I suppose after a point going back to the same local builders could seem like a “good old boy’s club.” As for your observations about your local “small” builder.. putting (sp?) up the same type of buildings… I understand that and can relate. I find that to be true with builders here as well.
A lot of times they’re just “contractors” who know how to put together a house but have no sense of architextual design. Then because they’re just contractors they stick with what they know- building variations of the same old house over and over because it’s what’s they know and its regionally acceptable. Unfortunately at this point I can’t offer a solution you might be looking for.
On another note… Glad to hear you’re not a spammer. I’m sorry but it wasn’t immediatly evident from your post or your blog. And I did browse your blog. However it’s purpose, as stated here, wasn’t evident to me. Elsewise I wouldn’t have posted the comments I did.
I would also offer the advice of “try to keep on topic,” or to be a little more specific in what sort of input/traffic you’re looking for, as you’ve done with your follow up post.
Anyways- Welcome to Jim Duncan’s exceptional real estate blog. I hope you’re able to find some of the solutions you’re looking for.. and if you find them here then that’s all the better!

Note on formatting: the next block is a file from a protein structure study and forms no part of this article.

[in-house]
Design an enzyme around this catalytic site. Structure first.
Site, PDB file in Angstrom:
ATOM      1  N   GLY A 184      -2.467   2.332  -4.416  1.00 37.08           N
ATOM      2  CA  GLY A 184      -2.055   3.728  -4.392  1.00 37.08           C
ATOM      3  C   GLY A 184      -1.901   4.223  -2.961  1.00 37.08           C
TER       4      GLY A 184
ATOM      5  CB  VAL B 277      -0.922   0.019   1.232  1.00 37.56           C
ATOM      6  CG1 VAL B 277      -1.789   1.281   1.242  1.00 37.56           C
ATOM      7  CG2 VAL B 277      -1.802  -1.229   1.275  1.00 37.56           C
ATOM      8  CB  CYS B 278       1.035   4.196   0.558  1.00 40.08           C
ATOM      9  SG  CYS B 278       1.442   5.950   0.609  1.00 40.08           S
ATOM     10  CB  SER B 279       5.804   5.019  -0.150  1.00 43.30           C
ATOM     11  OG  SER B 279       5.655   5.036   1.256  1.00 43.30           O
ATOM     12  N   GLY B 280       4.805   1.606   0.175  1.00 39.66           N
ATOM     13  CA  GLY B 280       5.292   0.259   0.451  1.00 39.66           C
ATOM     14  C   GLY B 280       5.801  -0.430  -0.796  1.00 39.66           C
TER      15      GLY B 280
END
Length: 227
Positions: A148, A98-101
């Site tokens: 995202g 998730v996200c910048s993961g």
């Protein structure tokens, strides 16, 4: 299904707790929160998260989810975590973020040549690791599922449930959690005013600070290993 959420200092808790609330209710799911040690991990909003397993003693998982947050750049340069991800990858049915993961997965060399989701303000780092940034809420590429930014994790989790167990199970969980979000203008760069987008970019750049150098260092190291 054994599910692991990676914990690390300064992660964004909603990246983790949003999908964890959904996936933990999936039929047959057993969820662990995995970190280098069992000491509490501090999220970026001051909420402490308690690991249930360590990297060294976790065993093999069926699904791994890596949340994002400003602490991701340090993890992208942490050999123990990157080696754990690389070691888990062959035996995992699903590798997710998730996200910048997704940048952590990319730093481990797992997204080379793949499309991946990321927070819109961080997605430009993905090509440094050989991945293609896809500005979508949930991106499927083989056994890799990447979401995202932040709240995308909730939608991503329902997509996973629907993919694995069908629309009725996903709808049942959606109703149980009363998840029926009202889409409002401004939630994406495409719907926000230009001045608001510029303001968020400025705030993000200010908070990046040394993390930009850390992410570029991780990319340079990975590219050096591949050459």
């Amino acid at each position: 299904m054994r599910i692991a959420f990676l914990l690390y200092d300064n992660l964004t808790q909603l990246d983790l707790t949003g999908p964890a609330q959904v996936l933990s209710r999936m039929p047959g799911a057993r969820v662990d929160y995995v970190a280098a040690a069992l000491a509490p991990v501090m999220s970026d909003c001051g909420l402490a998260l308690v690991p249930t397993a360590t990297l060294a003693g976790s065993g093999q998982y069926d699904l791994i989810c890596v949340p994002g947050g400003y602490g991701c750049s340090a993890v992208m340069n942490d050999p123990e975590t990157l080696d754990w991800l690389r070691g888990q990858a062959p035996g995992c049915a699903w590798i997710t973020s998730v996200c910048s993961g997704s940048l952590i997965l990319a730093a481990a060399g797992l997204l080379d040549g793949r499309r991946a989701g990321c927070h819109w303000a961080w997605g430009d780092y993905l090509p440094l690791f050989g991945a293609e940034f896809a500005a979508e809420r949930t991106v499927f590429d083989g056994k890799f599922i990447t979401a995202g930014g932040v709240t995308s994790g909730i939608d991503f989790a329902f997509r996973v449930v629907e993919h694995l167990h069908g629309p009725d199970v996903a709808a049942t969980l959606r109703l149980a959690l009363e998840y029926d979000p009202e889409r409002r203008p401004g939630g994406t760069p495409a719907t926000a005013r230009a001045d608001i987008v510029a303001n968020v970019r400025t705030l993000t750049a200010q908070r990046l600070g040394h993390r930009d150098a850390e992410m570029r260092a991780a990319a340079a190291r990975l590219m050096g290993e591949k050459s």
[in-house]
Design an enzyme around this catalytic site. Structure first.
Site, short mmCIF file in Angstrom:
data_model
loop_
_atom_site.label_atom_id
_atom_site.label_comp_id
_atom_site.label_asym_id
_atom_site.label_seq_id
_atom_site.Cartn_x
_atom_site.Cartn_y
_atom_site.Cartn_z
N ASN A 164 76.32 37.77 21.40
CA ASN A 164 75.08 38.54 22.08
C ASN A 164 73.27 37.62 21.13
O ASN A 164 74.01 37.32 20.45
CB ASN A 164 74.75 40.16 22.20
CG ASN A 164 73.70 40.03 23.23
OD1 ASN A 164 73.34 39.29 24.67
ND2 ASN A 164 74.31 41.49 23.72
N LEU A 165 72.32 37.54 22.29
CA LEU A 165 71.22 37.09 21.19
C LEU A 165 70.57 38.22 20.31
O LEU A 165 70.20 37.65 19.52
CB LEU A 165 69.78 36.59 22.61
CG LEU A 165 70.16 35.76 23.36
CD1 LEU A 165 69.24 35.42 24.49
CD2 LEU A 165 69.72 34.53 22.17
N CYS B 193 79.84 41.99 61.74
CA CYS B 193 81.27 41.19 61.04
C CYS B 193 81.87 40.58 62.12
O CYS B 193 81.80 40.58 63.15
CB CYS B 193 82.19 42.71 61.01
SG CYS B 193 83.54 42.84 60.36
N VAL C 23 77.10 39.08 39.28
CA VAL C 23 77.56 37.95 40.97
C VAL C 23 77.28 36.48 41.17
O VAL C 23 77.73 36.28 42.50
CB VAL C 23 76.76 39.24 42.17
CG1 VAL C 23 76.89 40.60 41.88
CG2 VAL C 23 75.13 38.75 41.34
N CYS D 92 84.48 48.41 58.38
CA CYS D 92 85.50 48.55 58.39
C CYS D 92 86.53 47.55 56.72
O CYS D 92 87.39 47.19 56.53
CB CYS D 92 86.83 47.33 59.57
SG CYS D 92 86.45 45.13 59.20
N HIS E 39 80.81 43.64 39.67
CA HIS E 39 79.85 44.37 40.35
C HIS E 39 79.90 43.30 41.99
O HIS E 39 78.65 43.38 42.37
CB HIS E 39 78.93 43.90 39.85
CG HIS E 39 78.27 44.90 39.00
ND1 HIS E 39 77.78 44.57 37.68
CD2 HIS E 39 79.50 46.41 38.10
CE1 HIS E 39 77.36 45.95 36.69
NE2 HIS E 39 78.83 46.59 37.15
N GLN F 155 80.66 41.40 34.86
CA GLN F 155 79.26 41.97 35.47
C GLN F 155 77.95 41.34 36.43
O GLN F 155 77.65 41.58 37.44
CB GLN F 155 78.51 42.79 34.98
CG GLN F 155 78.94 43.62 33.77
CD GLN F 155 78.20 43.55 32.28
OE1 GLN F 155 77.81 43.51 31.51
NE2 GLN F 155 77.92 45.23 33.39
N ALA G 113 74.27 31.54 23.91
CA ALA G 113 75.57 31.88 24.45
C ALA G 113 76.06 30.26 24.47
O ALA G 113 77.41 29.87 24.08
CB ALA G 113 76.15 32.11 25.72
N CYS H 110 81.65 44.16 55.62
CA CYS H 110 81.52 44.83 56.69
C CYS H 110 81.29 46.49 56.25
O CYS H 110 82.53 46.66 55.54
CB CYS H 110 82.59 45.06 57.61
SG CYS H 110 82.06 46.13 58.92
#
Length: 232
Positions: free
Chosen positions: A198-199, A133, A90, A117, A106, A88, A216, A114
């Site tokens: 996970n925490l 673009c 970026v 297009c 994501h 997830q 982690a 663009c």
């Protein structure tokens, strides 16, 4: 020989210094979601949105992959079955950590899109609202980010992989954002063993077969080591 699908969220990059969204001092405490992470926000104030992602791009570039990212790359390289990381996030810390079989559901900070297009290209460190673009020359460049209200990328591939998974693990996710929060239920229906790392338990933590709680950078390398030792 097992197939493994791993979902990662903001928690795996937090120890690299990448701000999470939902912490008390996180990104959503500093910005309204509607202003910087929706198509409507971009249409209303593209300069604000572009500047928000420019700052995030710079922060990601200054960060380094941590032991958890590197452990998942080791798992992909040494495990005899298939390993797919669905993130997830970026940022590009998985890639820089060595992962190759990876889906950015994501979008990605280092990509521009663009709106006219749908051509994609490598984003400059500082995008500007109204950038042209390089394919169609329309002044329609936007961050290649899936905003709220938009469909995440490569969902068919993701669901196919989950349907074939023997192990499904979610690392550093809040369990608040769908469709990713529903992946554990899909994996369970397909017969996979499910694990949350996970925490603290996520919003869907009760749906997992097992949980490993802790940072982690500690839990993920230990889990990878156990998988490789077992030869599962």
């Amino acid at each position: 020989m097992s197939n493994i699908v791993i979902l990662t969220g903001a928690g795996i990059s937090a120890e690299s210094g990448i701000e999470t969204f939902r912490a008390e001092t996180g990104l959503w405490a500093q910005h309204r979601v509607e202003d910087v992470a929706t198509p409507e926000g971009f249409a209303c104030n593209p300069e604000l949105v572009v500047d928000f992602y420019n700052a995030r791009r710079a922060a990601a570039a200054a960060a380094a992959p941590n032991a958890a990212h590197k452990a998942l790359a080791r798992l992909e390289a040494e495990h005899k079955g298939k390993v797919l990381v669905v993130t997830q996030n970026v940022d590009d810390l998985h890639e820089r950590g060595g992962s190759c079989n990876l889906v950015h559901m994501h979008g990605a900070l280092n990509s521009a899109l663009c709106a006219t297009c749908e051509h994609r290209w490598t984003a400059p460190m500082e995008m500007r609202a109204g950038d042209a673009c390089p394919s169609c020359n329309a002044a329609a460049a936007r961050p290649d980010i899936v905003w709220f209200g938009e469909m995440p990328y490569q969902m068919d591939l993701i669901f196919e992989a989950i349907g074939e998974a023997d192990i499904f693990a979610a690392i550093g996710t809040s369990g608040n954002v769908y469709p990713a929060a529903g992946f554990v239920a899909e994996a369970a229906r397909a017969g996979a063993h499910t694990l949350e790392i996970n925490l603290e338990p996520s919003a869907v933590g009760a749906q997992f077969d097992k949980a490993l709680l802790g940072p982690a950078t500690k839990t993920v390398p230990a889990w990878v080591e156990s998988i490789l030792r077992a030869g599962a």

Great! Thanks for the feedback…point taken about staying on topic.
The blog is relatively new and being frustrated often leads to being impatient, so I was just looking to connect with people who might be willing to take a look and offer suggestions.
I don’t mean to disparage ‘local’ builders…it came out wrong.
I’m just frustrated by having bids put out and it’s the same 2 people who respond to everything. There are more than 2 good contractors in this area. We’re right between Rochester and Syracuse for pete’s sake. But these guys seem to ahve a lock on all contracts. they also consult with the city’s economic development department when they are formulating the bids, so it’s no surprise that they have an inside track. And this isn’t speculation…we’ve seen it firsthand.
I have had the privlege of scanning other posts, and they are great! The latest one on property tax is very good. I’m suprised that your taxes are so low. Maybe that’s part of what’s scaring people off up here, our city’s taxes are $18.06/$1000 RAV.